Gladys H. Goldstein

Mount Washington abstract painter had her works exhibited in Baltimore, Washington, New York and Paris

March 20, 2010|By Frederick N. Rasmussen |

Gladys H. Goldstein, a noted Mount Washington abstract painter who was known for her unusual handling of light in her work, died March 13 at Seasons Hospice at Northwest Hospital Center of complications after surgery.

She was 92.

Mrs. Goldstein once wrote, "My canvases are not explicit statements, but hints of things that are, or were, or might have been - of memories, of feelings."

She explained in a 1982 article in The Evening Sun that the meaning of an abstract painting is "to take the essence of something. The flower is in the garden. It can never be on the paper. You painted only an impression of the flower."

A 1968 art review in The Baltimore Sun observed that "Mrs. Goldstein brings to her work much of her own vibrantly alert personality yet fortunately avoids giving her work any stylistic idiom or formula which would immediately stamp it as hers."

The prolific painter for more than 70 years, who was still working within three weeks of her death, was born Gladys V. Hack in Newark, Ohio.

Her father, Samuel Hack, had founded a newspaper in Ohio with Warren G. Harding before Harding became president of the United States. Her mother was a homemaker.

When she was 3, her father abandoned newspaper work and returned in 1920 to Baltimore, his hometown, where he found work as a ceramicist.

Mrs. Goldstein, who began studying art when she was 9, had her first art exhibition three years later.

"I don't remember ever not painting," Mrs. Goldstein said in a 2004 autobiographical interview that accompanies a guide to her work, which is part of the permanent collection of the Maryland Artists Collection at the University of Maryland University College in Adelphi.

She was a graduate of Western High School and attended the Johns Hopkins and Columbia universities, the Art Students League of New York and the Maryland Institute College of Art.

Mrs. Goldstein also studied at Pennsylvania State University with Hobson Pittman, a noted Philadelphia naturalist painter and etcher of still life and landscape, who urged her to abandon her plans to become a teacher and become a painter instead.

Mrs. Goldstein began her career as a portrait painter, which she pursued for more than a decade despite not enjoying it, until switching to abstract art in the early 1950s.

In the 2004 interview, Mrs. Goldstein recalled the moment she made the transition from being a realistic portrait artist to an abstract painter. It was while she was sitting on a park bench in New York City observing how the spaces around her seemed to change.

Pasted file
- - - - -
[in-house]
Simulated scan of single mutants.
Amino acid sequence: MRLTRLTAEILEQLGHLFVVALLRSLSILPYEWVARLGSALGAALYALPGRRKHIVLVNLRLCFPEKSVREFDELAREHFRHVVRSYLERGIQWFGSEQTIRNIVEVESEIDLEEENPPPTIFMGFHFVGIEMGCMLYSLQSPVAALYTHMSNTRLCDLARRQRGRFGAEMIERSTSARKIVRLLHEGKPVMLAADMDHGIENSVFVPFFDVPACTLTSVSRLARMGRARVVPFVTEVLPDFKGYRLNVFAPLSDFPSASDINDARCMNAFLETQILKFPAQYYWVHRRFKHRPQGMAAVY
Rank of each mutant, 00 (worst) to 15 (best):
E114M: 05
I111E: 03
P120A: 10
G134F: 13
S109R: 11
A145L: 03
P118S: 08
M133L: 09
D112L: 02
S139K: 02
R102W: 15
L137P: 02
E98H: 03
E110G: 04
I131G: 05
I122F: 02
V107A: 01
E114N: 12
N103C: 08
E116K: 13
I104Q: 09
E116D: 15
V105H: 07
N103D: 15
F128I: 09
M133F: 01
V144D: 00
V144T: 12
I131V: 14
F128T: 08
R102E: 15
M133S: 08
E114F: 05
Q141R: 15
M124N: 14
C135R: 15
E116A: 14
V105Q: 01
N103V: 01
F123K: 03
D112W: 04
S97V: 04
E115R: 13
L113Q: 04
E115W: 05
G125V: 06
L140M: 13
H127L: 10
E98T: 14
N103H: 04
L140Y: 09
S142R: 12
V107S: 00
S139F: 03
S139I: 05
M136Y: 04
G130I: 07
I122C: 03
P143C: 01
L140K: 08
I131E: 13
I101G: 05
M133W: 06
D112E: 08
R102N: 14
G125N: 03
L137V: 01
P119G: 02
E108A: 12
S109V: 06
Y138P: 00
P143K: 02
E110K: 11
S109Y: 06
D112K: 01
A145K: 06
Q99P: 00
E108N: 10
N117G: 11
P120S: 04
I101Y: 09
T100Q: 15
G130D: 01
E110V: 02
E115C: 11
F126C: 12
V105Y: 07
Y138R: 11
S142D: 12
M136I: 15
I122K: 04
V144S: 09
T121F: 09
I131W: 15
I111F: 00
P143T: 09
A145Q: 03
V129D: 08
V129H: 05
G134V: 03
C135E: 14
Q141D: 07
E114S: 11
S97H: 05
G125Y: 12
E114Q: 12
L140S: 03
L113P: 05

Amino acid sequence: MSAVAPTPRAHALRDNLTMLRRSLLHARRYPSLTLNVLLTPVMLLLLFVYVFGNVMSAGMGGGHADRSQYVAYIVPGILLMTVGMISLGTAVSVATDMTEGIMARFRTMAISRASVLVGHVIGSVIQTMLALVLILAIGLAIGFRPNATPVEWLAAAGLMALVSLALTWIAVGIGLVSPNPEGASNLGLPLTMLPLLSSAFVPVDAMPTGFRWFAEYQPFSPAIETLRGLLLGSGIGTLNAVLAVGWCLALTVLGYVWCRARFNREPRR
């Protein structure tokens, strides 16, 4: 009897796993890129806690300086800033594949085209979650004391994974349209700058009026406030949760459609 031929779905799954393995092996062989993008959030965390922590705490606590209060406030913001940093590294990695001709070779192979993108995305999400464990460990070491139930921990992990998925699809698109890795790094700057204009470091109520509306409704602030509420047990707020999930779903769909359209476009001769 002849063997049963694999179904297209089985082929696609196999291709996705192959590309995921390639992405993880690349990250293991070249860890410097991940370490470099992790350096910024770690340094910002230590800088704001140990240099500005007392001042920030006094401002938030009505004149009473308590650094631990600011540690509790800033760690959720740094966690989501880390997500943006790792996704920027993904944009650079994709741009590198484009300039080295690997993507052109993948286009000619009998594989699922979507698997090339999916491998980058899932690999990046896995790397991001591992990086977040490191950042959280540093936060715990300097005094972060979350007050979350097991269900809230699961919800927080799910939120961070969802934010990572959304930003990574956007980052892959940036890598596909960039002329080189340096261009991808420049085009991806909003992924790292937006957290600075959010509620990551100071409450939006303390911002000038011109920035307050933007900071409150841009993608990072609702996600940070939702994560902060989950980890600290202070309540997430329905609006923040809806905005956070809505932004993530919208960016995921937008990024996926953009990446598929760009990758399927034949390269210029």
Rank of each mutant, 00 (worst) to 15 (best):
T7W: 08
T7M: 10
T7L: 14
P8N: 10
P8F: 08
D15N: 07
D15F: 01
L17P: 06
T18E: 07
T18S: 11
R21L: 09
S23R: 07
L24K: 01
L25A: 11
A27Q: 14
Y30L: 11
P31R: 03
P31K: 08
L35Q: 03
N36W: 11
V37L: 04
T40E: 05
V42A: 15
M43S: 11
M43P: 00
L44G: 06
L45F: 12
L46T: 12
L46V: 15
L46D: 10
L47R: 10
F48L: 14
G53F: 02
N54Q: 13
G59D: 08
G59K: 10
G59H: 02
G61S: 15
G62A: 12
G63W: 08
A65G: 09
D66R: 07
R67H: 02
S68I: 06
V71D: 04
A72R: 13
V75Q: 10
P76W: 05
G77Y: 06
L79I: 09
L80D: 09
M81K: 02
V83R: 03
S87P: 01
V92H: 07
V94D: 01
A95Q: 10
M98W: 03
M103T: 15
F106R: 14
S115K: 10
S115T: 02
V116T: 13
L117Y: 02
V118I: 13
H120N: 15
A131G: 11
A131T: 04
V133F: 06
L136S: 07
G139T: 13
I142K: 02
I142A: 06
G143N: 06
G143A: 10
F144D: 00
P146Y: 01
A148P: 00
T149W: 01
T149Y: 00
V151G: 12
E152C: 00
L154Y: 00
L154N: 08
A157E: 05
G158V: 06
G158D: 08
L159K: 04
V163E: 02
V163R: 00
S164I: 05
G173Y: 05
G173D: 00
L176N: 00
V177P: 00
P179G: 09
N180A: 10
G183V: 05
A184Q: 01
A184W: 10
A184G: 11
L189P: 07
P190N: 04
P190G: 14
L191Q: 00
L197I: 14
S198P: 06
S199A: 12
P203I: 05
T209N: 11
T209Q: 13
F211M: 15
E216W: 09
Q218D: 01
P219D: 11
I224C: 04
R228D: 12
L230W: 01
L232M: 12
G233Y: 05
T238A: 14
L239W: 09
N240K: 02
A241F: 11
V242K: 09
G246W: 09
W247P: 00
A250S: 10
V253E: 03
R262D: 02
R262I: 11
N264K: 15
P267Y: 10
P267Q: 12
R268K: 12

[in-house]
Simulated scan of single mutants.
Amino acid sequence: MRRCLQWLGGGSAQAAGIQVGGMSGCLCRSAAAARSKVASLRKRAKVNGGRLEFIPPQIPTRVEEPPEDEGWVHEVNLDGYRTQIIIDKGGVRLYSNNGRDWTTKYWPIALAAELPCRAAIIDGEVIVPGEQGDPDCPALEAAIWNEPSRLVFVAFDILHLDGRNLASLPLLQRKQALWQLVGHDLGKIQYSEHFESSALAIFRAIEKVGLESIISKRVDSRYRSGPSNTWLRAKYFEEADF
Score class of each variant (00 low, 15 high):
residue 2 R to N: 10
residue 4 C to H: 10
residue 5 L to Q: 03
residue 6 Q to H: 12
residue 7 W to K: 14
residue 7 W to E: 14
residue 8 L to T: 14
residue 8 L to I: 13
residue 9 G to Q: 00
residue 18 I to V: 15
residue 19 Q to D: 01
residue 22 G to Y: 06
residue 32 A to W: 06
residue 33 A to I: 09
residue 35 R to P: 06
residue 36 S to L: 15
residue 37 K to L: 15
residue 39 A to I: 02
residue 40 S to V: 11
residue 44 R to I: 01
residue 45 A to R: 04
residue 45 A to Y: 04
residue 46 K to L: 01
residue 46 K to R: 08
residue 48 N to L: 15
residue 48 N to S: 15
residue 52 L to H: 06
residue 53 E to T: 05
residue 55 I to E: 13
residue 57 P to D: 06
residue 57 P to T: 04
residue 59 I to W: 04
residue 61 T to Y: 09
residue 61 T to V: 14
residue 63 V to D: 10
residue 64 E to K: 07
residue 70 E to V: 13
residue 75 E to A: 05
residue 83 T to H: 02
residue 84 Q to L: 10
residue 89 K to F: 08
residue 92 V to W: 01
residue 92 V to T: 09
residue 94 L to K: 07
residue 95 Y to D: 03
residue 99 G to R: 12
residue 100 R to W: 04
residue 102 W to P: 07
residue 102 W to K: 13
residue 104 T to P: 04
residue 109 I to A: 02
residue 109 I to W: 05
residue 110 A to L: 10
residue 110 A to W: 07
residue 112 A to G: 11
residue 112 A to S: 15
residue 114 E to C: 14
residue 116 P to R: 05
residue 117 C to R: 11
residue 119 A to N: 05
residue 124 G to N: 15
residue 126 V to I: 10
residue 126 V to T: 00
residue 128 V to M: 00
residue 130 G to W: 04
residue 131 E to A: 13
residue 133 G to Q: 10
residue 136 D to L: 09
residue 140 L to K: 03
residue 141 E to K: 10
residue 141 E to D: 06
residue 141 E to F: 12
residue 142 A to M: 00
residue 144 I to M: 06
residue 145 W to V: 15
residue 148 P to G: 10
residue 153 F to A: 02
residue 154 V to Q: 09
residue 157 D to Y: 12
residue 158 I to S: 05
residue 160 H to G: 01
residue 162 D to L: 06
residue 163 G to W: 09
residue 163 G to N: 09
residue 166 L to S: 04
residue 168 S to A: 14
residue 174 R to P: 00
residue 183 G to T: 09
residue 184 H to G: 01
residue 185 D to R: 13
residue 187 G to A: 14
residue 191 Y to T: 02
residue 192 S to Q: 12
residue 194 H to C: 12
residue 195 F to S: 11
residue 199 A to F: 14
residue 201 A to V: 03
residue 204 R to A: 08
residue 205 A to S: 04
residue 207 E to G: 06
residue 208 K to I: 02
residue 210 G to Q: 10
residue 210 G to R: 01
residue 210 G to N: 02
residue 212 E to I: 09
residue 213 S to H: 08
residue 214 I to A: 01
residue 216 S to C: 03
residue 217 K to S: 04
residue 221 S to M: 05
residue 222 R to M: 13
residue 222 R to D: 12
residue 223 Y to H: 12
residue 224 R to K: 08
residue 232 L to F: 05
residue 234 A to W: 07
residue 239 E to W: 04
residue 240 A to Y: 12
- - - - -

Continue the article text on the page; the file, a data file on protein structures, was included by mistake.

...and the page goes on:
"The negative space seemed so much more important than the positive," she said. "I began to see differently and to think differently. So I began to paint abstractly."

The natural world was always the inspiration for her paintings, Mrs. Goldstein explained in the interview that as an artist, but "you can't reproduce nature."

"You can never get a canvas big enough to hold a tree. You can look at the heart of a rose. You can take it and hold it in your hand," she said.

"You can't ever really paint a rose because you can't get the aroma of the rose. You can't get the full force of the rose. The only thing you can get in the painting is the essence of the rose," she said.

"In nature Mrs. Goldstein finds a constant change in mood through patterns, rhythms, color, flamboyant now, wistfully delicate tomorrow; light, light that is reflected, light that is absorbed, light that is charged with the buoyancy of champagne or as quietly, morosely romantic, as any passage of Baudelaire," wrote a Baltimore Sun art critic in a 1958 review.

Her use of light earned early praise from then-Baltimore Sun art critic Kenneth R. Sawyer, who wrote: "Mrs. Goldstein's origins are quite clear: she is an Impressionist - the only Impressionist I know of who is continuing the tradition without repeating it."

By the late 1950s, Mrs. Goldstein was exhibiting her work at such galleries and museums as the Baltimore Museum of Art, the Corcoran Gallery in Washington, Galerie Philadelphie in Paris and the Duveen-Graham Gallery in New York City.

Eugene Leake, an artist who was president of the Maryland Institute College of Art, asked Mrs. Goldstein in 1960 to not only introduce abstract art to the curriculum, but to teach it as well.

"I believe that each person has to follow his own needs and his own credo in creating a work of art," Mrs. Goldstein explained in the 2004 interview of her charge to her students.

After leaving MICA in 1964, she joined the faculty of the College of Notre Dame of Maryland, where she taught college seniors until 1982. She also taught at the Jewish Community Center from 1962 to 1982, and privately until her death.

"She was tenacious and always had very high standards for herself," Bobby Donovan, assistant director of the UMUC Art Program, said recently.

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